By: Mike Shields
(Mediaweek) Two new research reports predict robust growth in the nascent area of local online advertising over the next five years, though each offers a different take on what will drive this growth.
In a report released on Wednesday, JupiterResearch forecasts that online local advertising will surge by 26% to $3.2 billion in 2005, hitting $5.3 billion in 2010.
Meanwhile, a second report from local media research firm Borrell Associates is far more bullish, anticipating 51% growth for the segment in 2005 to $4.1 billion, with spending expected to swell to $8.6 billion in 2010, representing 6% of total local ad spending.
It’s the source of growth where these studies diverge. Jupiter says that classified ads will still account for the vast majority of local online ads at the end of the decade, some 70% of dollars. “Outside of classifieds, local ad spending online remains relatively immature,” said JupiterResearch David Card senior analyst.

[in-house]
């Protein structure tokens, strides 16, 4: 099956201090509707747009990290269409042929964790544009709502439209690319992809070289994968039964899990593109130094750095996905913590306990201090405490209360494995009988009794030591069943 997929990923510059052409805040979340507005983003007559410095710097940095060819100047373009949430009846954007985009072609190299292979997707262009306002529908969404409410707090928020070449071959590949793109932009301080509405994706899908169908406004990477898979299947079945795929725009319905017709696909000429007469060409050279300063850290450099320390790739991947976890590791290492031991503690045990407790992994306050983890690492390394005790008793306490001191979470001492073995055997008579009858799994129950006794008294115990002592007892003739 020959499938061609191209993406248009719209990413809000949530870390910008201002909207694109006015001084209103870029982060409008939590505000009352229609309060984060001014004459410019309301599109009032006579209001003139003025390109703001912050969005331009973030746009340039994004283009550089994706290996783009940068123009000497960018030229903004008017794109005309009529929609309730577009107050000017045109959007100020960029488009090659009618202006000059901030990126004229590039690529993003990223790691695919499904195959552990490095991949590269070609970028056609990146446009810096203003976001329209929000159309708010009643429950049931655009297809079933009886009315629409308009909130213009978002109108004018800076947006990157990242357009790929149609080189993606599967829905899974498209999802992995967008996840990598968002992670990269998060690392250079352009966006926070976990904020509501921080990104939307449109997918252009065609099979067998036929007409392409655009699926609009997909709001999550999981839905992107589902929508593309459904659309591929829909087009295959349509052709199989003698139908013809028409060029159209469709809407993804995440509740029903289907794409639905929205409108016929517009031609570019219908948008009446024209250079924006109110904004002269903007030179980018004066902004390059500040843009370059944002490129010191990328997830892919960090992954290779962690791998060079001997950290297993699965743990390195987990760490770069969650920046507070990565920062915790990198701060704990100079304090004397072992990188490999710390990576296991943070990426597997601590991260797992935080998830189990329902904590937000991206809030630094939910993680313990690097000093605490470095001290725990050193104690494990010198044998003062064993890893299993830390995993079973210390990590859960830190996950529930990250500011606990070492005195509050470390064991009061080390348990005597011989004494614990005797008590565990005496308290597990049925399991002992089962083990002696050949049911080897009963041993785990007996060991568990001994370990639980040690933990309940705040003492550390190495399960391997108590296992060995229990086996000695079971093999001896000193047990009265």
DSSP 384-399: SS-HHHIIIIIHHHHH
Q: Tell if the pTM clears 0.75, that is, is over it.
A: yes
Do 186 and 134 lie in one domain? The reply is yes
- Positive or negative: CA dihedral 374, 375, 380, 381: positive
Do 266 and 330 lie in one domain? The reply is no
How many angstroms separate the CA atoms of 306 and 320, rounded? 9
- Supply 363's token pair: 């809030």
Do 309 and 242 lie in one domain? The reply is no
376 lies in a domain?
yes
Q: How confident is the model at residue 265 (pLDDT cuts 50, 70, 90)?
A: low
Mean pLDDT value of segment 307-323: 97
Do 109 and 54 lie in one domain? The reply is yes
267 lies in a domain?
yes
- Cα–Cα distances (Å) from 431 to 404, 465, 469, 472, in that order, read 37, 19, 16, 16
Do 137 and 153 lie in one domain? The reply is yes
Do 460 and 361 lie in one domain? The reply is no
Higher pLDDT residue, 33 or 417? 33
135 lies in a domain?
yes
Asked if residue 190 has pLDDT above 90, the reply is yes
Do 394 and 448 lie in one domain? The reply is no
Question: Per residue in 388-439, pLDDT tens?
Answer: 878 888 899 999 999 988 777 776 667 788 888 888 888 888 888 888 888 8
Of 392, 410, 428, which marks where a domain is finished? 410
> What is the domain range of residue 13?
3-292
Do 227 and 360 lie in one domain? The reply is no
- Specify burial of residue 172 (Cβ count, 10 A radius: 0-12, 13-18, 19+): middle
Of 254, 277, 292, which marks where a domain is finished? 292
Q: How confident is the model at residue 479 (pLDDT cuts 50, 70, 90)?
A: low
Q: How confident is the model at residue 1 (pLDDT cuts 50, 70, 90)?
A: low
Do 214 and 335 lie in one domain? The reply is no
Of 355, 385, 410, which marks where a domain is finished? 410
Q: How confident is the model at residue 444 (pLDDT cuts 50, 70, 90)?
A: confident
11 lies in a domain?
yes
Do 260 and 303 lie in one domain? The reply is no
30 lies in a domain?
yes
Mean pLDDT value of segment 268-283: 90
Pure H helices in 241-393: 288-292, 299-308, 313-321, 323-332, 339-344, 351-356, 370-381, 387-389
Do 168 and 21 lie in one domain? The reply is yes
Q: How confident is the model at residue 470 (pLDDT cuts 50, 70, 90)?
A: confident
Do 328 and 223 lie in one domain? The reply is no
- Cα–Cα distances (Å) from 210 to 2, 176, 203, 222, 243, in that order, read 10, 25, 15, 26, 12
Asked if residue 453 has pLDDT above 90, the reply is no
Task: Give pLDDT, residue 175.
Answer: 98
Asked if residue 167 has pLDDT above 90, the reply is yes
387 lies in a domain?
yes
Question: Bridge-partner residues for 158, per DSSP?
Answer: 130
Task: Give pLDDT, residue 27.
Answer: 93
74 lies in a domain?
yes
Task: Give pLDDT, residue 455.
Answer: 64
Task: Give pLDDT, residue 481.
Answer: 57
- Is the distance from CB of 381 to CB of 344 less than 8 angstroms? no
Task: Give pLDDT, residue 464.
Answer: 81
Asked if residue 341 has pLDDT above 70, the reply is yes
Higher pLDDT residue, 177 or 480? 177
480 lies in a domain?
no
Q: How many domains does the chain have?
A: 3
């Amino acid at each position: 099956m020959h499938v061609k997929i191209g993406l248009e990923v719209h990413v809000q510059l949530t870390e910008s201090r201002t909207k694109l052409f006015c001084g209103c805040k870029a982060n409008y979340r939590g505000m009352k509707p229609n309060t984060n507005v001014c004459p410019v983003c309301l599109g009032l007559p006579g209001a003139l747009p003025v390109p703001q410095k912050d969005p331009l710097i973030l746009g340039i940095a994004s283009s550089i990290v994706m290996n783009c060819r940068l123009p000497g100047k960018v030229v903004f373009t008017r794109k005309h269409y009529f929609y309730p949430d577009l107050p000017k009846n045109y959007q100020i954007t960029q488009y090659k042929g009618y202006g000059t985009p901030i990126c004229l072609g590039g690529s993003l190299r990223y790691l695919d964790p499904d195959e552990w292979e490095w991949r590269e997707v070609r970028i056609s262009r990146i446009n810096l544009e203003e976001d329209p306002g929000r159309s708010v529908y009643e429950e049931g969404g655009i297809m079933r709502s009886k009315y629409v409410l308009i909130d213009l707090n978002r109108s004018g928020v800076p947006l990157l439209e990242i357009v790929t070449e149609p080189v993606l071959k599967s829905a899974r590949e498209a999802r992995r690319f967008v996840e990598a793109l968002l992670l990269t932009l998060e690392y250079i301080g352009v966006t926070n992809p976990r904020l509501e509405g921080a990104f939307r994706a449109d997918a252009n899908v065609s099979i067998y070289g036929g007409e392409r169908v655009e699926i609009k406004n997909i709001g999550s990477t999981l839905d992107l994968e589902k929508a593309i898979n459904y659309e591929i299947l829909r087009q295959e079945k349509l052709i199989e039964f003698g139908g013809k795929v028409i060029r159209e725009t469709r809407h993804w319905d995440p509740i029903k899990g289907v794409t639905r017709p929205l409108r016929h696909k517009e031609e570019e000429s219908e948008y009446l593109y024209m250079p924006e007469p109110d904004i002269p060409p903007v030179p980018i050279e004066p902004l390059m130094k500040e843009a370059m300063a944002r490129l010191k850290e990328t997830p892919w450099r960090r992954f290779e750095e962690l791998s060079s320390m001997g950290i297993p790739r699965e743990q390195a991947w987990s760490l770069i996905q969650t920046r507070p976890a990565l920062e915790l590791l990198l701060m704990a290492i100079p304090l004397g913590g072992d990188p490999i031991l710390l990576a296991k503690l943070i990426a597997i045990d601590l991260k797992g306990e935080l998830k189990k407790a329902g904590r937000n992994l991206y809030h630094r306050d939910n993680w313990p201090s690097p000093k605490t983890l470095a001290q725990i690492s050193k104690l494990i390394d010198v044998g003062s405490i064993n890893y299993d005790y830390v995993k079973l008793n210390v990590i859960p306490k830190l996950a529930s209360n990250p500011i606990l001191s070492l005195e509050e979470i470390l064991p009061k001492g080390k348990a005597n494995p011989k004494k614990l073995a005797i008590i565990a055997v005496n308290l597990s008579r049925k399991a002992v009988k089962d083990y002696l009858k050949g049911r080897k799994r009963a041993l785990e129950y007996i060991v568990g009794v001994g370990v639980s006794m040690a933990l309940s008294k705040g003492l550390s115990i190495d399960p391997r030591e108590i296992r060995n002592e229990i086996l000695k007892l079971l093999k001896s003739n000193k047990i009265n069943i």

But Borrell’s report is predicting that paid search advertising, so crucial to the national online ad landscape (see Google), will experience a major leap in local advertiser acceptance as well as inventory options. “Spending by local businesses on paid search is expected to rise 161% next year, to $906 million, and to account for nearly half of all local online advertising by 2010,” said the report.
While Borrell is crediting local businesses with being able to adapt quickly, Jupiter’s report says that most local online advertising over the next few years will be driven by national advertisers, rather than all those doctors, lawyers and car dealers that tend to advertiser local businesses.
“For now, online publishers and networks will find better opportunities servicing national advertisers that are aiming at local audiences than they will servicing true local businesses,” said Jupiter’s Card. The Jupiter report found that in 2004, local spending drove only 5% of online display advertising and 16% of paid search listings.
When it comes to local sites which are affiliated with traditional media outlets, like TV stations and newspapers, Borrell credits site operators with making huge leaps in the quality of their sites and content over the last few years. However, the report warns that traditional sale practices that rely on media bundling may prove detrimental in the long term. “The practice of up-selling print or broadcast advertisers — especially with an ?assumed? or forced online ad that is packaged with a newspaper ad or TV commercial — could collapse under the competitive pressure of more measurable and effective forms of online advertising,” says the report.